Scottish Poetry Selection
- Consolation

Robert Louis Stevenson's poem of consolation for a time when someone near and dear passes on, provides encouragement by suggesting that thy are really just a few steps ahead of us - and that we will catch up with them, eventually.


Though he that ever kind and true
Kept stoutly step by step with you
Your whole long gusty lifetime through,
    Be gone awhile before,
Be now a moment gone before,
Yet, doubt not, soon the seasons shall restore
    Your friend to you.

He has but turned a corner. Still
He pushes on with right good will,
Through mire and marsh, by heugh and hill,
    That self-same arduous way,
That self-same upland, hopeful way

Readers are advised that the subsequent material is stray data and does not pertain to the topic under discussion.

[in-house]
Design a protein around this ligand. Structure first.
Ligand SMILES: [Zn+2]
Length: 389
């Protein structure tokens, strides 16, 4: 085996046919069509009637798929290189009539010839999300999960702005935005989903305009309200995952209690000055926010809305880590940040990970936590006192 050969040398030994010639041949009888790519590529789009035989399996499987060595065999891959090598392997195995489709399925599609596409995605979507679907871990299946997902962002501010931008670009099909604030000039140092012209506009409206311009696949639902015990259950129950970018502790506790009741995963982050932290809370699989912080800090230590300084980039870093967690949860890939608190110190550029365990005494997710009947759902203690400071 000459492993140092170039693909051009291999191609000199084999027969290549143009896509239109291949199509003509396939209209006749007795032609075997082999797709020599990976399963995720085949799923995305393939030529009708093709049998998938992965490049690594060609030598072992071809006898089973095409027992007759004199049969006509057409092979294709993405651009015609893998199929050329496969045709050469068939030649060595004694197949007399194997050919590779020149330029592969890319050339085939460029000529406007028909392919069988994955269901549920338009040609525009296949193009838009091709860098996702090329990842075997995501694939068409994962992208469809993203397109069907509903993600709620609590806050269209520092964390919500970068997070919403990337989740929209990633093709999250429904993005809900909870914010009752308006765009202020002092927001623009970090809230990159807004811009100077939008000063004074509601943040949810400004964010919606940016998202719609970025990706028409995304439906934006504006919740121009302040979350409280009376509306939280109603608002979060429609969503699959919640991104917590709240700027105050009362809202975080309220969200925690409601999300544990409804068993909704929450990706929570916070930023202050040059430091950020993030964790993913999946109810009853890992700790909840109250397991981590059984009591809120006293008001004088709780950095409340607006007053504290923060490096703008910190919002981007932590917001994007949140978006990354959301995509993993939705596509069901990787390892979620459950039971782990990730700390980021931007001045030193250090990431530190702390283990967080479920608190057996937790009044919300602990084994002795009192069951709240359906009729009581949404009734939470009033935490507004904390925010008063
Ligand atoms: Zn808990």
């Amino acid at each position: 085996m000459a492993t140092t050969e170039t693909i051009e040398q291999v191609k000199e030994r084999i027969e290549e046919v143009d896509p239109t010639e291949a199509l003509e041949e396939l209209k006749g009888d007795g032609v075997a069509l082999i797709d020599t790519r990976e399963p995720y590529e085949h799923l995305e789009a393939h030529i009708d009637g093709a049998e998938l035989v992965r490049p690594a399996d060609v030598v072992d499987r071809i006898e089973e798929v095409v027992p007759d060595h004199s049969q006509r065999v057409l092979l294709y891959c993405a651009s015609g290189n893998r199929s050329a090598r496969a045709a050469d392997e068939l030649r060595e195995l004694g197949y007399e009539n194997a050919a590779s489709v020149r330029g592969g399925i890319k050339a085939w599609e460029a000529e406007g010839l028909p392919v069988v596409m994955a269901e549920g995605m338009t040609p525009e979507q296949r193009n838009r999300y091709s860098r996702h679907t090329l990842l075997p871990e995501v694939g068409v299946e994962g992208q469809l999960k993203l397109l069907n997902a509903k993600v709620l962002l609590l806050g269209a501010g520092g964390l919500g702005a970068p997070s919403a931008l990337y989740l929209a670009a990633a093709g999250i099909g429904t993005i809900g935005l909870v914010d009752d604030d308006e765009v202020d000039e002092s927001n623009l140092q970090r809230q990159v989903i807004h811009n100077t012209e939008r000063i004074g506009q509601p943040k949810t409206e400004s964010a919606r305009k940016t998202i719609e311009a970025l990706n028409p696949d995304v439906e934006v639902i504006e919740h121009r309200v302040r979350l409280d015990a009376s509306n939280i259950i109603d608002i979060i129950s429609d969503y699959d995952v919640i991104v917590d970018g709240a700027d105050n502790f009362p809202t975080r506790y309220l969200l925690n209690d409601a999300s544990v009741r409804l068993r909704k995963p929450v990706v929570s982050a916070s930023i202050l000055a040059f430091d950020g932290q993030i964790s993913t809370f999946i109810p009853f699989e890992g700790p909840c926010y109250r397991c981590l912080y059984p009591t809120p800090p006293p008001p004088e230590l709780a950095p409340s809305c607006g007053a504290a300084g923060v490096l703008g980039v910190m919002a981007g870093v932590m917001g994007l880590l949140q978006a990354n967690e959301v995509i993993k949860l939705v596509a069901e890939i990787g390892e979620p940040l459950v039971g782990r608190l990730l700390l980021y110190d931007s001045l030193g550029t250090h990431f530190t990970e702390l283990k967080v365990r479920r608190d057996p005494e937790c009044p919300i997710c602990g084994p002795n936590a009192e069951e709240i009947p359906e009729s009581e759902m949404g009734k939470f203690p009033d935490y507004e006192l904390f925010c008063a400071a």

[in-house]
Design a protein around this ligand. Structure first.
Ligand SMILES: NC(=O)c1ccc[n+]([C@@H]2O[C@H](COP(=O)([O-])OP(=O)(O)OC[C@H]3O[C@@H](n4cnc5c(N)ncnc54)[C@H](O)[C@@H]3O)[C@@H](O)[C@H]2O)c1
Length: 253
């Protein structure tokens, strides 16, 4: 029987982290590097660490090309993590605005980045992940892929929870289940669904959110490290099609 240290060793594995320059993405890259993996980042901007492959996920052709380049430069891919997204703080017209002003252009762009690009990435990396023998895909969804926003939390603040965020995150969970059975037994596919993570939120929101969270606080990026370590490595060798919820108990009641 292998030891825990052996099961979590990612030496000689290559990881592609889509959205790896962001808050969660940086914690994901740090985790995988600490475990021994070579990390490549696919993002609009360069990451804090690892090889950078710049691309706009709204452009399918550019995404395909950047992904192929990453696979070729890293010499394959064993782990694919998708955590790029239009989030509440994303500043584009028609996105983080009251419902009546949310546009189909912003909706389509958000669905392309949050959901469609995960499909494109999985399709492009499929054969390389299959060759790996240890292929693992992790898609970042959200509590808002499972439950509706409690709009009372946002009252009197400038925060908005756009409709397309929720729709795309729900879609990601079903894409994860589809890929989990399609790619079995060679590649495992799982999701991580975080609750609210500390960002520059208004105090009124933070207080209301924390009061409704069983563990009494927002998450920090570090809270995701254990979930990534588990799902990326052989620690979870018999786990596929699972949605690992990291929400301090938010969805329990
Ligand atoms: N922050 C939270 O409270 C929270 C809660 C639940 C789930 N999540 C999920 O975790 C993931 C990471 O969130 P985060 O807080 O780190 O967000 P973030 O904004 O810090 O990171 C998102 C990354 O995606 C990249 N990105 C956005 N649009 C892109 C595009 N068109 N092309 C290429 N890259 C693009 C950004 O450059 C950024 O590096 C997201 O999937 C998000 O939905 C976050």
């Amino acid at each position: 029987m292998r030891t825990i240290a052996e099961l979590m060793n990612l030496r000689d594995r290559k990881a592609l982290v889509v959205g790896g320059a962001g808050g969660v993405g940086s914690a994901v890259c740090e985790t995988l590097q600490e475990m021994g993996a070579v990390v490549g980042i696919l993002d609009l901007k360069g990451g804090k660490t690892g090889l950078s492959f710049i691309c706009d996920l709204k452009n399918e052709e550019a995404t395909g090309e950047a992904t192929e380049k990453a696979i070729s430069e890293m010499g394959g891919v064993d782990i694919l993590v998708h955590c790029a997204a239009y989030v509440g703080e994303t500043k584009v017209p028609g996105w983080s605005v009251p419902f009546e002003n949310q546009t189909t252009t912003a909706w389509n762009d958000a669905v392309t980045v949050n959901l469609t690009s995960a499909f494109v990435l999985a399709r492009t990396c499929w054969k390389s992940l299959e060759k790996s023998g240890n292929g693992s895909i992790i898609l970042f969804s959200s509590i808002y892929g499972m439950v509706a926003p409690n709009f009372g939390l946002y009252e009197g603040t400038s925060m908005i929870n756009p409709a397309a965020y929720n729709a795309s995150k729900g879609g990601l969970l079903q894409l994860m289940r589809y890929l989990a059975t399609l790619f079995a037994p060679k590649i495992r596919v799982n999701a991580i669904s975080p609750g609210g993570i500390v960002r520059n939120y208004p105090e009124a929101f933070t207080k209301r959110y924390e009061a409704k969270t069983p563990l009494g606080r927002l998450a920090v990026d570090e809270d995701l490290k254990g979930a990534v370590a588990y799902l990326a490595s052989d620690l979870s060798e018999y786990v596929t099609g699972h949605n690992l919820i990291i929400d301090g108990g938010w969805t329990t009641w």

That you and he through many a doubtful day
    Attempted still.

He is not dead, this friend - not dead,
But in the path we mortals tread
Got some few trifling steps ahead
    And nearer to the end;
So that you too, once past the bend,
Shall meet again, as face to face, this friend
    You fancy dead.

Push gaily on, strong heart! The while
You travel forward mile by mile,
He loiters with a backward smile
    Till you can overtake,
And strains his eyes to search his wake,
Or whistling, as he sees you through the brake,
    Waits on a stile.

Meaning of unusual words:
heugh = cliff
brake = thicket

Return to the Index of Scottish Poetry Selection

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